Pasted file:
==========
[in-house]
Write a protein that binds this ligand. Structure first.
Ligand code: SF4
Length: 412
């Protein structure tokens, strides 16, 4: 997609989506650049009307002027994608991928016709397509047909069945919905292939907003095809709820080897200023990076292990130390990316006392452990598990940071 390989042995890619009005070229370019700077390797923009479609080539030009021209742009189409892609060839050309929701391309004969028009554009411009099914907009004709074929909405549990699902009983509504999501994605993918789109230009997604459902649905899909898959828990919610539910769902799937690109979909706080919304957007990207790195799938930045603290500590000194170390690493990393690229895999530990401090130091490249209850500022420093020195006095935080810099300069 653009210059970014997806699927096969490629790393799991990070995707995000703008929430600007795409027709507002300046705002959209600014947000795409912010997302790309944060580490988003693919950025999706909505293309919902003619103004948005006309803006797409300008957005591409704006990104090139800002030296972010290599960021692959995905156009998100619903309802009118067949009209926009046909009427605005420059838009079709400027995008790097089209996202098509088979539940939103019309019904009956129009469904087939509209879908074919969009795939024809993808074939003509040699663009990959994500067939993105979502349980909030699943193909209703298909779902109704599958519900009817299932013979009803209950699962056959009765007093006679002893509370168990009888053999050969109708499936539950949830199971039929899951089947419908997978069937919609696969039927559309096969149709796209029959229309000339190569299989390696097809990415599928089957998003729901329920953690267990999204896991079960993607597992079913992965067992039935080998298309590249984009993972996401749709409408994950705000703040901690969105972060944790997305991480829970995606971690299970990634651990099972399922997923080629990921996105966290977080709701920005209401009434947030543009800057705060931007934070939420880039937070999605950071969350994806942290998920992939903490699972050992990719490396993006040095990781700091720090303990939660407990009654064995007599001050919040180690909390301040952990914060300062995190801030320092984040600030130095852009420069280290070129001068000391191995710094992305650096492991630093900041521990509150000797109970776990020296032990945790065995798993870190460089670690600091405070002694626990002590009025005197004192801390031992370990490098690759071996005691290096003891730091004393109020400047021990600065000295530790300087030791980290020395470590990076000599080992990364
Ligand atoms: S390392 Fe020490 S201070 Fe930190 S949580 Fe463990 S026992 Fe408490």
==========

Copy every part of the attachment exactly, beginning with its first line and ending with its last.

[in-house]
Write a protein that binds this ligand. Structure first.
Ligand code: SF4
Length: 412
């Protein structure tokens, strides 16, 4: 997609989506650049009307002027994608991928016709397509047909069945919905292939907003095809709820080897200023990076292990130390990316006392452990598990940071 390989042995890619009005070229370019700077390797923009479609080539030009021209742009189409892609060839050309929701391309004969028009554009411009099914907009004709074929909405549990699902009983509504999501994605993918789109230009997604459902649905899909898959828990919610539910769902799937690109979909706080919304957007990207790195799938930045603290500590000194170390690493990393690229895999530990401090130091490249209850500022420093020195006095935080810099300069 653009210059970014997806699927096969490629790393799991990070995707995000703008929430600007795409027709507002300046705002959209600014947000795409912010997302790309944060580490988003693919950025999706909505293309919902003619103004948005006309803006797409300008957005591409704006990104090139800002030296972010290599960021692959995905156009998100619903309802009118067949009209926009046909009427605005420059838009079709400027995008790097089209996202098509088979539940939103019309019904009956129009469904087939509209879908074919969009795939024809993808074939003509040699663009990959994500067939993105979502349980909030699943193909209703298909779902109704599958519900009817299932013979009803209950699962056959009765007093006679002893509370168990009888053999050969109708499936539950949830199971039929899951089947419908997978069937919609696969039927559309096969149709796209029959229309000339190569299989390696097809990415599928089957998003729901329920953690267990999204896991079960993607597992079913992965067992039935080998298309590249984009993972996401749709409408994950705000703040901690969105972060944790997305991480829970995606971690299970990634651990099972399922997923080629990921996105966290977080709701920005209401009434947030543009800057705060931007934070939420880039937070999605950071969350994806942290998920992939903490699972050992990719490396993006040095990781700091720090303990939660407990009654064995007599001050919040180690909390301040952990914060300062995190801030320092984040600030130095852009420069280290070129001068000391191995710094992305650096492991630093900041521990509150000797109970776990020296032990945790065995798993870190460089670690600091405070002694626990002590009025005197004192801390031992370990490098690759071996005691290096003891730091004393109020400047021990600065000295530790300087030791980290020395470590990076000599080992990364
Ligand atoms: S390392 Fe020490 S201070 Fe930190 S949580 Fe463990 S026992 Fe408490």